12:30 - 2:30Break for Lunch / Free Time  
3:30 - 4:00Coffee/Tea Break11th Floor Collaborative Space 

Application Information

ICERM welcomes applications from faculty, postdocs, graduate students, industry scientists, and other researchers who wish to participate. Some funding may be available for travel and lodging. Graduate students who apply must have their advisor submit a statement of support in order to be considered.

Your Visit to ICERM

ICERM Facilities
ICERM is located on the 10th & 11th floors of 121 South Main Street in Providence, Rhode Island. ICERM's business hours are 8:30am - 5:00pm during this event. See our facilities page for more info about ICERM and Brown's available facilities.
Traveling to ICERM
ICERM is located at Brown University in Providence, Rhode Island. Providence's T.F. Green Airport (15 minutes south) and Boston's Logan Airport (1 hour north) are the closest airports. Providence is also on Amtrak's Northeast Corridor. In-depth directions and transportation information are available on our travel page.
ICERM's special rate will soon be made available via this page for our preferred hotel, the Hampton Inn & Suites Providence Downtown. ICERM also regularly works with the Providence Biltmore and Hilton Garden Inn who both have discounted rates available. Contact before booking anything.
The only way ICERM participants should book a room is through the hotel reservation links located on this page or through links emailed to them from an ICERM email address ( ICERM never works with any conference booking vendors and never collects credit card information.
Those traveling with family who are interested in information about childcare and/or schools should contact
Family Support
With a recent gift from Microsoft Research, we are pleased to announce that there are fellowships available to assist in defraying dependent care costs. A separate application for this fellowship will be provided to those that have accepted an invitation to participate in an NSF-funded research program. Fellowship decisions will be made based on the justification and the availability of funds.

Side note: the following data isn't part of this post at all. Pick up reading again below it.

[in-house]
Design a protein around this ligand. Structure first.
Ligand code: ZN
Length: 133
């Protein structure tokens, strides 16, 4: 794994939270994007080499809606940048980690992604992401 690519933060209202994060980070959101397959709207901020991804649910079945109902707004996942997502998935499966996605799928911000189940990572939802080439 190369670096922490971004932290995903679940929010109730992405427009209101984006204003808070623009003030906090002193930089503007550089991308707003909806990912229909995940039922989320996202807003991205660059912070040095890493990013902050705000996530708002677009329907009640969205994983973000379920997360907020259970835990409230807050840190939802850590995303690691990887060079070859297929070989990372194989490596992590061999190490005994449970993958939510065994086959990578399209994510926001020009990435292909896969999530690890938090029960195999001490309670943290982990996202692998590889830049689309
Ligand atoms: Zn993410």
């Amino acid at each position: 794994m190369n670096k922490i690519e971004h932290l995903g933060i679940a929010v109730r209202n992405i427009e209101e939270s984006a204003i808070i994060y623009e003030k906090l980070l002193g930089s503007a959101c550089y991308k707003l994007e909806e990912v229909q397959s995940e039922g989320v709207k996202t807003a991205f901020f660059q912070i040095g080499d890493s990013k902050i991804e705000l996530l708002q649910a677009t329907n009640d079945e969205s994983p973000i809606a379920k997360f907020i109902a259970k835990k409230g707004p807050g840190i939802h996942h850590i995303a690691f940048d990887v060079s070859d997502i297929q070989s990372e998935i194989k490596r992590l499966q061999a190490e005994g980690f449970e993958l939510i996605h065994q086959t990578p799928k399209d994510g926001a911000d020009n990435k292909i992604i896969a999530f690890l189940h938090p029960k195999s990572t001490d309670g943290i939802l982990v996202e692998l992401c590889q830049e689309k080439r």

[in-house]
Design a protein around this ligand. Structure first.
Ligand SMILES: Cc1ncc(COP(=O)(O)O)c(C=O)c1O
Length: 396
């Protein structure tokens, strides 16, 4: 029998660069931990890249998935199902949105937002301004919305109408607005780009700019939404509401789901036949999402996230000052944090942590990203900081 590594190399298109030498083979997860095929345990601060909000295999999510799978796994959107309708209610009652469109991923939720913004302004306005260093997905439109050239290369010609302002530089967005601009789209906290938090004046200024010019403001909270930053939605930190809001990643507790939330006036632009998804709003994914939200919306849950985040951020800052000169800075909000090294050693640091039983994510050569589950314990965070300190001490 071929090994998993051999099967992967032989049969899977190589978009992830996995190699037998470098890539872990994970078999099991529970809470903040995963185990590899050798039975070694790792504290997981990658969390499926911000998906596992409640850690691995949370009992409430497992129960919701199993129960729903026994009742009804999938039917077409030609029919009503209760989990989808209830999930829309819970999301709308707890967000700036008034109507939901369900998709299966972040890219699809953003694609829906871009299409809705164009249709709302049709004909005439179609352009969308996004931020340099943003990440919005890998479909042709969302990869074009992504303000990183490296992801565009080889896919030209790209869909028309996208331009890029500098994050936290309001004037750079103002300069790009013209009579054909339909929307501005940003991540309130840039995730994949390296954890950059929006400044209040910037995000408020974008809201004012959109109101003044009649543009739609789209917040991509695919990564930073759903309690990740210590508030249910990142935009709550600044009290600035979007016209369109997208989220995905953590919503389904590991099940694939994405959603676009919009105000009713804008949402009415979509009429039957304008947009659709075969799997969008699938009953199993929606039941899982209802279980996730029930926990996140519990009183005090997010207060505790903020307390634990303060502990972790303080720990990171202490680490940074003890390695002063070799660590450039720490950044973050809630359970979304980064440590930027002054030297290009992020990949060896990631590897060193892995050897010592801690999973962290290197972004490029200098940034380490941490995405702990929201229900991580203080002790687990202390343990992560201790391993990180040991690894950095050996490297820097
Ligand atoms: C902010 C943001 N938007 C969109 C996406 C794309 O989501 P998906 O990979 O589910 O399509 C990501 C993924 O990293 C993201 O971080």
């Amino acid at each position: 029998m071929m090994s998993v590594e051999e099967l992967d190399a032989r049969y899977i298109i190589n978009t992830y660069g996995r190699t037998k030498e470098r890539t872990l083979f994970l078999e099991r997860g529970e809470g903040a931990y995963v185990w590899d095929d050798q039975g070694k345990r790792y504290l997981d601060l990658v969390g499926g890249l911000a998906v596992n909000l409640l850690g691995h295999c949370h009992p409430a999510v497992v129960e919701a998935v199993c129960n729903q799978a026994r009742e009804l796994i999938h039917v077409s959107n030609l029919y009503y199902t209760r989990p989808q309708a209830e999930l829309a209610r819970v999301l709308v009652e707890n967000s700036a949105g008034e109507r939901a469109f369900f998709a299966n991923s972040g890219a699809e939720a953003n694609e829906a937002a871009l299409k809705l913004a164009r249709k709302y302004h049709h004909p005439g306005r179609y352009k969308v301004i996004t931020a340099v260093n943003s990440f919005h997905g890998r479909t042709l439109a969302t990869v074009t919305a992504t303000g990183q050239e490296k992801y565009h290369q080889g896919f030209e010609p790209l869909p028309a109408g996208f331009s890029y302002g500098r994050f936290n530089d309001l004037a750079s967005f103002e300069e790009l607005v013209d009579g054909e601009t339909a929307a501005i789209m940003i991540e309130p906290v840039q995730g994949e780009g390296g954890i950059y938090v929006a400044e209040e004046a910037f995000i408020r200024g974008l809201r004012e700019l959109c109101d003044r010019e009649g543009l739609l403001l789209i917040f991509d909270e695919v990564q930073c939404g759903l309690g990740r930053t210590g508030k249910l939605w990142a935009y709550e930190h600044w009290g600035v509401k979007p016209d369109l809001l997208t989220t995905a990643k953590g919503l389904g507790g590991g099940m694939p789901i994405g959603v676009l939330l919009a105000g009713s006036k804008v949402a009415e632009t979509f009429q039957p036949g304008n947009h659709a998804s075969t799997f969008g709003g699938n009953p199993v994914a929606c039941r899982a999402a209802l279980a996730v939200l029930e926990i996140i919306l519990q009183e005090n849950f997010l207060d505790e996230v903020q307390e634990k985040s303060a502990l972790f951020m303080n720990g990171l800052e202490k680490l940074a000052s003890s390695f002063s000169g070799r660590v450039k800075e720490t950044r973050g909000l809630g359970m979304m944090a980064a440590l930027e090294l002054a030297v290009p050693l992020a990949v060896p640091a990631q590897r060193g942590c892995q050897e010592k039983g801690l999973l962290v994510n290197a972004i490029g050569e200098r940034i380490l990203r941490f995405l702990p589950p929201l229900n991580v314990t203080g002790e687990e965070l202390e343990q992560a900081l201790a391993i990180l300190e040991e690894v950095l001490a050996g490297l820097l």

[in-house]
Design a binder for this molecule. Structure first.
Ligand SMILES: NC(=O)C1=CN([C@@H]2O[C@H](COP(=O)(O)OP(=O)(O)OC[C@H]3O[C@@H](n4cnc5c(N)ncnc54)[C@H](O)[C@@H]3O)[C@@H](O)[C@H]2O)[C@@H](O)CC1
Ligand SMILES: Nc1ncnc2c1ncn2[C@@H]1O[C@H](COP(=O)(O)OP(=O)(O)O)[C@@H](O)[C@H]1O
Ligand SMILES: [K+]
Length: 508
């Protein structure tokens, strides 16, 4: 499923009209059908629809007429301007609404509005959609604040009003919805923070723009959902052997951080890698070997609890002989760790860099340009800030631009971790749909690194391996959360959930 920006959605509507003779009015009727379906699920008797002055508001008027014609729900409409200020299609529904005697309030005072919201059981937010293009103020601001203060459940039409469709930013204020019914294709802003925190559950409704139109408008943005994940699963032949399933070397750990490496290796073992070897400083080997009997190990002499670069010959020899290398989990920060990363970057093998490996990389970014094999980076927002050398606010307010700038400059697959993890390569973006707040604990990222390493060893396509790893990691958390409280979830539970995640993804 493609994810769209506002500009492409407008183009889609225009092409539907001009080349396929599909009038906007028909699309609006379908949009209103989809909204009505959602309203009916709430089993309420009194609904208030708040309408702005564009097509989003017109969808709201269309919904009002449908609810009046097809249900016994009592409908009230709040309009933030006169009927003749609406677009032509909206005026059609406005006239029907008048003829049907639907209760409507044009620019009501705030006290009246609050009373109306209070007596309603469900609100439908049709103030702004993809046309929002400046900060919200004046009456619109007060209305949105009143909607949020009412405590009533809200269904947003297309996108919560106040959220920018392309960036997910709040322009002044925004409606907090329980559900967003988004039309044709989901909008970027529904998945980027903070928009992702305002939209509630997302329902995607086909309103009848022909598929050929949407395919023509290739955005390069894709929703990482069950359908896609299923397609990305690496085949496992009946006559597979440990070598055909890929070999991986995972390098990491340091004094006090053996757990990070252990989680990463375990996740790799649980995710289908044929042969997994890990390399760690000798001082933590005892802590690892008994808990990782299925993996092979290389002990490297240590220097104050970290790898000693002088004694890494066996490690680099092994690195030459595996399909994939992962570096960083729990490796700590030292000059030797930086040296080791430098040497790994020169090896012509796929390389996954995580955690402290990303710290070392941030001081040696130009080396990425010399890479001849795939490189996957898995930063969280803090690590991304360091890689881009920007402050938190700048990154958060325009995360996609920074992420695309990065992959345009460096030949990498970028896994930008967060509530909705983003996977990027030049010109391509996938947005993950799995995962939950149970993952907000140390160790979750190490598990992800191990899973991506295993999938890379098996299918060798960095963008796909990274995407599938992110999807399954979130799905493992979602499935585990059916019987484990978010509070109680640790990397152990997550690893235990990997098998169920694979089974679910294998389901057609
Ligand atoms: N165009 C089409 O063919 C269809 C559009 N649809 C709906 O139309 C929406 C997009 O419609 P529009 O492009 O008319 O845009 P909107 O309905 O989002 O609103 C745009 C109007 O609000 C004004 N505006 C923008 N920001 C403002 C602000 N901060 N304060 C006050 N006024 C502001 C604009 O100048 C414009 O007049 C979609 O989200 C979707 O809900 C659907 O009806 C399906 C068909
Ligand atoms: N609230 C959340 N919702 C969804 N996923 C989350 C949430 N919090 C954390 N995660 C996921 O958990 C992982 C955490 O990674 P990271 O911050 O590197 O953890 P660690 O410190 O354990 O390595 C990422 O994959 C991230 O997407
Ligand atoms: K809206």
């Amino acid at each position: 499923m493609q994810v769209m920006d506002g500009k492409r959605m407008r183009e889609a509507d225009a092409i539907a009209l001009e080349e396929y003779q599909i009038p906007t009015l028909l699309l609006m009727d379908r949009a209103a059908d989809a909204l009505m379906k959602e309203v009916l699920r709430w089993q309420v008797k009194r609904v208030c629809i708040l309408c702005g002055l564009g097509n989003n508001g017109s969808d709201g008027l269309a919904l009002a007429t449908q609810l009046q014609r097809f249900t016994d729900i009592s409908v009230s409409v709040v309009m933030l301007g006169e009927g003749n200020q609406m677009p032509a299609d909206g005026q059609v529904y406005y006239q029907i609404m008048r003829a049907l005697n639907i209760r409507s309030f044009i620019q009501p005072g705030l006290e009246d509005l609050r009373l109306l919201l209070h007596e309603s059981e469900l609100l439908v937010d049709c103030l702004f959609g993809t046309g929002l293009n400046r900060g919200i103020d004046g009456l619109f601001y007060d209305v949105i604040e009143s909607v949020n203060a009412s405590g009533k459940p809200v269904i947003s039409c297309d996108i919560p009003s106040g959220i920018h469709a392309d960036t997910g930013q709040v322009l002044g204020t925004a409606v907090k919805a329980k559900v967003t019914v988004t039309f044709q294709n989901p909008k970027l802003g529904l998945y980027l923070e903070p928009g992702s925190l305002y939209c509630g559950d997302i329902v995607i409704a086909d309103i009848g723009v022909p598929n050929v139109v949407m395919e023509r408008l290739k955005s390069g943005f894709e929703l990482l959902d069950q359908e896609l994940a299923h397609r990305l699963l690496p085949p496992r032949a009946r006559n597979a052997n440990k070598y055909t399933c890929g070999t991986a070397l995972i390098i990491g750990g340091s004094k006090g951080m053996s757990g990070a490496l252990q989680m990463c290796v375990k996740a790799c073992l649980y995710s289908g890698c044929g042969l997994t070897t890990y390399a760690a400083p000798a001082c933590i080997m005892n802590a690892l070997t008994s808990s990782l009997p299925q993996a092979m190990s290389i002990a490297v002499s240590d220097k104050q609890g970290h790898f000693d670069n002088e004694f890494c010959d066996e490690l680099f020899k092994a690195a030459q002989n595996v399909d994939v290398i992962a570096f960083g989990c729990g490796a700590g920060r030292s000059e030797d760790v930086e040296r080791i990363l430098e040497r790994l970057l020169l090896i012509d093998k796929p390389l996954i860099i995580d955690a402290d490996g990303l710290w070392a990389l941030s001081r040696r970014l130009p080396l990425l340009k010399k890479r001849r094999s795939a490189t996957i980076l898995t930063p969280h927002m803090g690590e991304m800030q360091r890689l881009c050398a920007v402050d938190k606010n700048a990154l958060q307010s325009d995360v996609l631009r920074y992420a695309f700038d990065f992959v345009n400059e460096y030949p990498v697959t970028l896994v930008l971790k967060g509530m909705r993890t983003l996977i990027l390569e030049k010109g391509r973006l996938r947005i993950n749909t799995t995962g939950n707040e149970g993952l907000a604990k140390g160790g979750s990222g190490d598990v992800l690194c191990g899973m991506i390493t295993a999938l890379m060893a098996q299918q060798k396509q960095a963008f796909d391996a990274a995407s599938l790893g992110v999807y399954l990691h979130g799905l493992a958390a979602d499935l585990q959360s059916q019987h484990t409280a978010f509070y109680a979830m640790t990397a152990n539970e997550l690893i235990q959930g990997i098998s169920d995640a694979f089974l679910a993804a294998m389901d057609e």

Technology Resources
Wireless internet access ("Brown-Guest") and wireless printing is available for all ICERM visitors. Eduroam is available for members of participating institutions. Thin clients in all offices and common areas provide open access to a web browser, SSH terminal, and printing capability. See our Technology Resources page for setup instructions and to learn about all available technology.
Discrimination and Harassment Policy
ICERM is committed to creating a safe, professional, and welcoming environment that benefits from the diversity and experiences of all its participants. The Brown University "Discrimination and Workplace Harassment Policy" applies to all ICERM participants and staff. Participants with concerns or requests for assistance on a discrimination or harassment issue should contact the ICERM Director, who is the responsible employee at ICERM under this policy.
Exploring Providence
Providence's world-renowned culinary scene provides ample options for lunch and dinner. Neighborhoods near campus, including College Hill Historic District, have many local attractions. Check out the map on our Explore Providence page to see what's near ICERM.

Financial Support

Acceptable Costs
  • 1 roundtrip between your home institute and ICERM
  • Flights on U.S. or E.U. airlines – economy class to either Providence airport (PVD) or Boston airport (BOS)
  • Ground Transportation to and from airports and ICERM.
Unacceptable Costs
  • Flights on non-U.S. or non-E.U. airlines
  • Seats in economy plus, business class, or first class
  • Change ticket fees of any kind
  • Multi-use bus passes
  • Meals or incidentals
Advance Approval Required
  • Personal car travel to ICERM from outside New England
  • Multiple-destination plane ticket; does not include layovers to reach ICERM
  • Arriving or departing from ICERM more than a day before or day after the program
  • Multiple trips to ICERM
  • Rental car to/from ICERM
  • Flights on a Swiss, Japanese, or Australian airlines
  • Arriving or departing from airport other than PVD/BOS or home institution's local airport
  • 2 one-way plane tickets to create a roundtrip (often purchased from Expedia, Orbitz, etc.)
Reimbursement Request Form

Refer to the back of your ID badge for more information. Checklists are available at the front desk.

Reimbursement Tips
  • Scanned original receipts are required for all expenses
  • Airfare receipt must show full itinerary and payment
  • ICERM does not offer per diem or meal reimbursement
  • Allowable mileage is reimbursed at prevailing IRS Business Rate and trip documented via pdf of Google Maps result
  • Keep all documentation until you receive your reimbursement!
Reimbursement Timing

6 - 8 weeks after all documentation is sent to ICERM. All reimbursement requests are reviewed by numerous central offices at Brown who may request additional documentation.

Reimbursement Deadline

Submissions must be received within 30 days of ICERM departure to avoid applicable taxes. Submissions after thirty days will incur applicable taxes. No submissions are accepted more than six months after the program end.

Associated Semester Workshops

Computer Vision
Algebraic Vision Research Cluster
Computational Imaging